The next day I drew two cards, The Vow and The Warrior. The message I received was: What promise have you made that requires fighting for now? Are you willing to do whatever it takes to uphold that vow, no matter how hard it's become? I believe promises should never be made lightly or flippantly. But sometimes you aren't the same person you were when you first made a vow to someone and you have to be willing to let that person (you once were) and that vow go to honor who you are now. Only you know which vows are worth fighting for. And if they are worth fighting for, then give it everything you've got. This message came at just the right time for me.
The next reading I did was using a spread in the guidebook. The spread is called The Inner Quest and was the inspiration for the entire deck. You are meant to separate the deck into the four suits and draw a card from each. I wish I had known that before shuffling the deck. It took a long time to make sure the deck was properly shuffled, as the large round cards don't make for quick shuffling, so I wasn't about to separate them again. And I don't want to do so every time I want to use this spread. So I created a cheat instead. I shuffled, then drew until I turned over a card from each suit, simply setting aside duplicates from the same suit. It's amazing how spot-on the reading was for me. I had doubts when I turned over the last card, but reading the book's passage expanded my perception of the card's archetype and the reading fell in line.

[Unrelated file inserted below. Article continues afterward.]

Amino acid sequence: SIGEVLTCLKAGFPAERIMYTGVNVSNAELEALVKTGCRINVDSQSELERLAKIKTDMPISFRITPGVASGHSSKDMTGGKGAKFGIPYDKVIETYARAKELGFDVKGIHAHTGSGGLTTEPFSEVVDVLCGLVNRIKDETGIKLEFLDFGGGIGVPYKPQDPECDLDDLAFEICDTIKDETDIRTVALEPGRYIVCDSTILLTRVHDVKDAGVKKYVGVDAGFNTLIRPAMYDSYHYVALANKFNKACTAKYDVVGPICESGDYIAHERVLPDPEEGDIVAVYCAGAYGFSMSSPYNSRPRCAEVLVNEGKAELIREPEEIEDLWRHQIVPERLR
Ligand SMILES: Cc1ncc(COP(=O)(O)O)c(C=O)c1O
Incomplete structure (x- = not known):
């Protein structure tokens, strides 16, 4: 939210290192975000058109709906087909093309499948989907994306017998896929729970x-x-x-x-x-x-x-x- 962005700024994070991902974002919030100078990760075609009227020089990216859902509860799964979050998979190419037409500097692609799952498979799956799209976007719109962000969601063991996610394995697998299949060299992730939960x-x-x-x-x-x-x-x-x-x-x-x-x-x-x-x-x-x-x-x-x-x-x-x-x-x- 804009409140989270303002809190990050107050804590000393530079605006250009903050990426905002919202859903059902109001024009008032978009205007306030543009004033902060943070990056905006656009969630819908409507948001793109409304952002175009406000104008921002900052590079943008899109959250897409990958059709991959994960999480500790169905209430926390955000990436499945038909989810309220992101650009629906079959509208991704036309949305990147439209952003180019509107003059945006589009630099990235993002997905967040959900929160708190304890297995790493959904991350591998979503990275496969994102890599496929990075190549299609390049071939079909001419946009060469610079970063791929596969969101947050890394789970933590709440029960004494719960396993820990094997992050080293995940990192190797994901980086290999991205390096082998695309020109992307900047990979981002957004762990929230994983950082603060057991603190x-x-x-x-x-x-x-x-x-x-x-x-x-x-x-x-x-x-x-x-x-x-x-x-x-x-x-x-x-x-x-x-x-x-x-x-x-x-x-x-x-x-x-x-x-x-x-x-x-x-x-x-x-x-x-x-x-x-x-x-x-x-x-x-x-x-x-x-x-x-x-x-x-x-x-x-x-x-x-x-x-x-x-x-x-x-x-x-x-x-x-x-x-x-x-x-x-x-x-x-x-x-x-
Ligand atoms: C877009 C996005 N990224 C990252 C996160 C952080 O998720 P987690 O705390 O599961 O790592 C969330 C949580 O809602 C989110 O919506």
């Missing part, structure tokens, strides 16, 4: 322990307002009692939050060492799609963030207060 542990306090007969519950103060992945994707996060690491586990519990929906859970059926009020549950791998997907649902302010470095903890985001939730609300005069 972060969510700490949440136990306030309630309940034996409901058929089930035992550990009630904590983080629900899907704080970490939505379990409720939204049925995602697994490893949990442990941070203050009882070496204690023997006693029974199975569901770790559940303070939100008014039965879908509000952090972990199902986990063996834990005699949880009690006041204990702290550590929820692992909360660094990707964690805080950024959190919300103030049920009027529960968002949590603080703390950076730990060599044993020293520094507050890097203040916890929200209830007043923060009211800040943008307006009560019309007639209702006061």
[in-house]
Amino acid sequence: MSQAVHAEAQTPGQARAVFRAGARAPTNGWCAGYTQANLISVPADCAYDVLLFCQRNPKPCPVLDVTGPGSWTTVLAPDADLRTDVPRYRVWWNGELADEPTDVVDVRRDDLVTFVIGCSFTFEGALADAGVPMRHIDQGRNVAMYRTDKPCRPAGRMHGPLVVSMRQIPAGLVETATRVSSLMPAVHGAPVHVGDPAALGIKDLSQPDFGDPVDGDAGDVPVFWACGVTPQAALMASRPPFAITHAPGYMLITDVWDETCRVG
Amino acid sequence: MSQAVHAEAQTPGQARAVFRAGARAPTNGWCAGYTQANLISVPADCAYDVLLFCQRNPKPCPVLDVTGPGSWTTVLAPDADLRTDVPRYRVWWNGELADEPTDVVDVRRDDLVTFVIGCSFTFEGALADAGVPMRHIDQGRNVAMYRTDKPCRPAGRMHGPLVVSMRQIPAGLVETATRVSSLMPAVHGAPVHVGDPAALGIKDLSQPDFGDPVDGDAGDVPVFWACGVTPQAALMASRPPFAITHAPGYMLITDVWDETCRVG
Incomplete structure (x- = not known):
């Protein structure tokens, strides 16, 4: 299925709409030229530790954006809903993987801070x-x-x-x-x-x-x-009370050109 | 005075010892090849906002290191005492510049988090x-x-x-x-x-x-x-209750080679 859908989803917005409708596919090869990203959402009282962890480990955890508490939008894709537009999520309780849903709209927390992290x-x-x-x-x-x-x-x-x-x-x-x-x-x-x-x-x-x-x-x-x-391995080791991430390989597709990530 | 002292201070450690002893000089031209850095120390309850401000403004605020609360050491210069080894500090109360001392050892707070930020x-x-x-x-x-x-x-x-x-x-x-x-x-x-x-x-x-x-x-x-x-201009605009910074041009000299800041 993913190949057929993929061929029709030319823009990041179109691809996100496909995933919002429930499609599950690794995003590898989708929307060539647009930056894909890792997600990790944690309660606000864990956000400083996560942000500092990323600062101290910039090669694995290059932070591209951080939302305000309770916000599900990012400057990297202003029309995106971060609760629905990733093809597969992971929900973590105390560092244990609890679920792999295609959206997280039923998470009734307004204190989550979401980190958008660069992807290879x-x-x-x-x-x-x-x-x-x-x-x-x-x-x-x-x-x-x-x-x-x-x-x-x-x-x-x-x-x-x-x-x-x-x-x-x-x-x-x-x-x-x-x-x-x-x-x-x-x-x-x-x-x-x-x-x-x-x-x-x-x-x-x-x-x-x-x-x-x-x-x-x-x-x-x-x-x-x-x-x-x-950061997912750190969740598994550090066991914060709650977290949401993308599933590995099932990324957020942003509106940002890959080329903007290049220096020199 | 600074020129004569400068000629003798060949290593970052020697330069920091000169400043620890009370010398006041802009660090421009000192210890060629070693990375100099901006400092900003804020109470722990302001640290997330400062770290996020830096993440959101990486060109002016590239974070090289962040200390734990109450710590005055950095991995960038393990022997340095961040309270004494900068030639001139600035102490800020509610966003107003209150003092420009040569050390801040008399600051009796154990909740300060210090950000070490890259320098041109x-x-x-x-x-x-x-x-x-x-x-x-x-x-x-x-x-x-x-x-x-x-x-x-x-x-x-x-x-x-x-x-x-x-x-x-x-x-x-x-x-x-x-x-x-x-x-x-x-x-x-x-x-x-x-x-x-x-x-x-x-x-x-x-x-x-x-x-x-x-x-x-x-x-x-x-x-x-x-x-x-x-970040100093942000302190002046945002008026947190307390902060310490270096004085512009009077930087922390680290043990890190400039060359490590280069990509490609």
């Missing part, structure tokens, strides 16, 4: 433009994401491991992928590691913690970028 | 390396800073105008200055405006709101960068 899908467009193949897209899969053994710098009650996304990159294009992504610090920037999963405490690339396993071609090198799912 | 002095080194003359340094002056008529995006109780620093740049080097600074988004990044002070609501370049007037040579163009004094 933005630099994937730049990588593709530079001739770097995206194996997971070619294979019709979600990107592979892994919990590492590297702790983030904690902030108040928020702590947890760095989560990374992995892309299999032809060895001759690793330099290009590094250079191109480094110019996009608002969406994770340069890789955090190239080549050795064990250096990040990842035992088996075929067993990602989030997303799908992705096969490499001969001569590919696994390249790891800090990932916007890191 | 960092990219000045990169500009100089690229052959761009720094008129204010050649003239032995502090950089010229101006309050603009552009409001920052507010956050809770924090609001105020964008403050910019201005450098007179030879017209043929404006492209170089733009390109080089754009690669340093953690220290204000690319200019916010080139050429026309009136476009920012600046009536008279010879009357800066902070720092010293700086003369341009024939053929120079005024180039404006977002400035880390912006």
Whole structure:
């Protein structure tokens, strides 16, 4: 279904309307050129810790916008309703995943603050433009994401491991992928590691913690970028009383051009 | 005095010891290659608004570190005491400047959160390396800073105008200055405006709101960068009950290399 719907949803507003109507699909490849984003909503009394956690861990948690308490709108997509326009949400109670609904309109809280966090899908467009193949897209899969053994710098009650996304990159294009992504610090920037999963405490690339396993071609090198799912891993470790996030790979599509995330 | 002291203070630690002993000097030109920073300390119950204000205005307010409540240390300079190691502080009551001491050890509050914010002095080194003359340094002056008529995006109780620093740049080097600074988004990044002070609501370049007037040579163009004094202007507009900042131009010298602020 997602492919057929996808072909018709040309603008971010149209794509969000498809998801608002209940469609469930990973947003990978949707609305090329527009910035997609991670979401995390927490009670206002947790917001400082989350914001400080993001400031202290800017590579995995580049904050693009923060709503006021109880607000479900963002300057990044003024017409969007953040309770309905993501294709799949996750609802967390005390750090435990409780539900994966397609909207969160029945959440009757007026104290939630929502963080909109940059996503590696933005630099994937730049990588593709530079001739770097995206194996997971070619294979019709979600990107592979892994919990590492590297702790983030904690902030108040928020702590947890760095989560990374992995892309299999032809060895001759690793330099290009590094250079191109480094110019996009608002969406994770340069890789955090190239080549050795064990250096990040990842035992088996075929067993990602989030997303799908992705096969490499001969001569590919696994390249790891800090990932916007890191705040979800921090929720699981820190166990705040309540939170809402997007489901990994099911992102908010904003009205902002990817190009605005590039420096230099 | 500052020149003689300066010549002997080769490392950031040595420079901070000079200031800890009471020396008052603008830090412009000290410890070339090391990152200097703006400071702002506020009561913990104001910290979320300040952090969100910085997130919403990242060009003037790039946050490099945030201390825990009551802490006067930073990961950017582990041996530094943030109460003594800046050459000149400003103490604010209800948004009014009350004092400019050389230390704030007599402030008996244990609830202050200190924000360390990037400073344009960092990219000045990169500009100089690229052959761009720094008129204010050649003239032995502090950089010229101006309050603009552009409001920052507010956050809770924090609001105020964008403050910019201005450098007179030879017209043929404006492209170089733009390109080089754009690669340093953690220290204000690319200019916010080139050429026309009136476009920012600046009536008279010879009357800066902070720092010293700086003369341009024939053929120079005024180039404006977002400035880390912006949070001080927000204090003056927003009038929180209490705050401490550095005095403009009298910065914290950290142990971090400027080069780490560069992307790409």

This deck reads really deeply. It packs a punch. It doesn't feel like an ordinary oracle deck. It really delves into the nooks and crannies of your soul and gives you a lot to chew on.
The book is 223 pages, featuring black and white images of the cards. The font is handwritten like in Krans' other guidebooks. It opens with a Table of Contents with a listing of the cards, separated by suits. The book discusses the creator's process of creating the deck and a few sections on various elements of archetypes. Each of the four suits have a page describing their significance. The book touches briefly on card rotation and suggests that a card that is not exactly upright might be read as "off track" in some way.
There are five spreads in the book:
Follow the Image (One Card Reading)
Summon the Divine: Root, Heart, Crown. A simplified 3-card chakra reading.
The Inner Quest: Who, Where, With What, Why(a 4-card reading). This is the one I referenced above, using one card from each of the suits. (The card positions sound like the board game Clue... "It was The Judge in the Empty Room with The Sword!") Ha! But seriously, this reading was really a good one, giving such a well-rounded and all-encompassing answer to the inquiry.
The Axis Mundi (5 cards). This one is like a condensed Celtic Cross.
The Heroine's Journey (5 cards). Based on Joseph Campbell's story arc of the Hero's Journey.
Each card has a two-page spread in the book. On the left page is a black and white image of the card. On the right page is all the information on the card. On the top of the page is the card's name followed by a few keywords. There is then a paragraph of information on the archetype. On the bottom of the page are three tidbits: When Light, When Dark, and Go Deeper (examples of each below).
The Mother When Light: glowing, generative, creative, nurturing When Dark: dim, exhausted, controlling, limiting Go Deeper: read "Tao Te Ching" (chapter 1), and imagine The Mother of Ten Thousand Things.
There are also snippets of information along the sides of the page where you have to turn the book first left then right to read them. While I appreciate the author using up as much space as possible, providing more content, it is annoying to have to turn the book to and fro to read it. I'd much rather read it normally, in vertical columns, or the main text could have expanded into those margins giving room for the extra text.